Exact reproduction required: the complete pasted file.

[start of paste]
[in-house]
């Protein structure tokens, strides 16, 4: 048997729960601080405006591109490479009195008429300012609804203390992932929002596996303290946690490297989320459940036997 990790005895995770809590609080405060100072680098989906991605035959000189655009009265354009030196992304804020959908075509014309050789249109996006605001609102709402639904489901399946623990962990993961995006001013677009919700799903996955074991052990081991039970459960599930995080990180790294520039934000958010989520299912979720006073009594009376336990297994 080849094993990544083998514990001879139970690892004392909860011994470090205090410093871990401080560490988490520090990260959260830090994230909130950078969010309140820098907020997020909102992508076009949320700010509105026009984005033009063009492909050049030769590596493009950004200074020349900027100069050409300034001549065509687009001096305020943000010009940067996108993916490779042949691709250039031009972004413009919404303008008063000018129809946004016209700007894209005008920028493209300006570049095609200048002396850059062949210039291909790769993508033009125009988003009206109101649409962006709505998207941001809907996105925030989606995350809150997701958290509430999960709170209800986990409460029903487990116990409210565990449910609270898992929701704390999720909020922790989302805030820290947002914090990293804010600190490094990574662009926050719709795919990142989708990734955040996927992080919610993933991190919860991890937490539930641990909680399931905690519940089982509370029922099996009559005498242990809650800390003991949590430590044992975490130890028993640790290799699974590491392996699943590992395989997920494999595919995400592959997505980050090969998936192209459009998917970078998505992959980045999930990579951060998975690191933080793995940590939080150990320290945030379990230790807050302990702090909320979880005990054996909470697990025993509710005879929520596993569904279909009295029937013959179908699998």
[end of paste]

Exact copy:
[in-house]
């Protein structure tokens, strides 16, 4: 048997729960601080405006591109490479009195008429300012609804203390992932929002596996303290946690490297989320459940036997 990790005895995770809590609080405060100072680098989906991605035959000189655009009265354009030196992304804020959908075509014309050789249109996006605001609102709402639904489901399946623990962990993961995006001013677009919700799903996955074991052990081991039970459960599930995080990180790294520039934000958010989520299912979720006073009594009376336990297994 080849094993990544083998514990001879139970690892004392909860011994470090205090410093871990401080560490988490520090990260959260830090994230909130950078969010309140820098907020997020909102992508076009949320700010509105026009984005033009063009492909050049030769590596493009950004200074020349900027100069050409300034001549065509687009001096305020943000010009940067996108993916490779042949691709250039031009972004413009919404303008008063000018129809946004016209700007894209005008920028493209300006570049095609200048002396850059062949210039291909790769993508033009125009988003009206109101649409962006709505998207941001809907996105925030989606995350809150997701958290509430999960709170209800986990409460029903487990116990409210565990449910609270898992929701704390999720909020922790989302805030820290947002914090990293804010600190490094990574662009926050719709795919990142989708990734955040996927992080919610993933991190919860991890937490539930641990909680399931905690519940089982509370029922099996009559005498242990809650800390003991949590430590044992975490130890028993640790290799699974590491392996699943590992395989997920494999595919995400592959997505980050090969998936192209459009998917970078998505992959980045999930990579951060998975690191933080793995940590939080150990320290945030379990230790807050302990702090909320979880005990054996909470697990025993509710005879929520596993569904279909009295029937013959179908699998």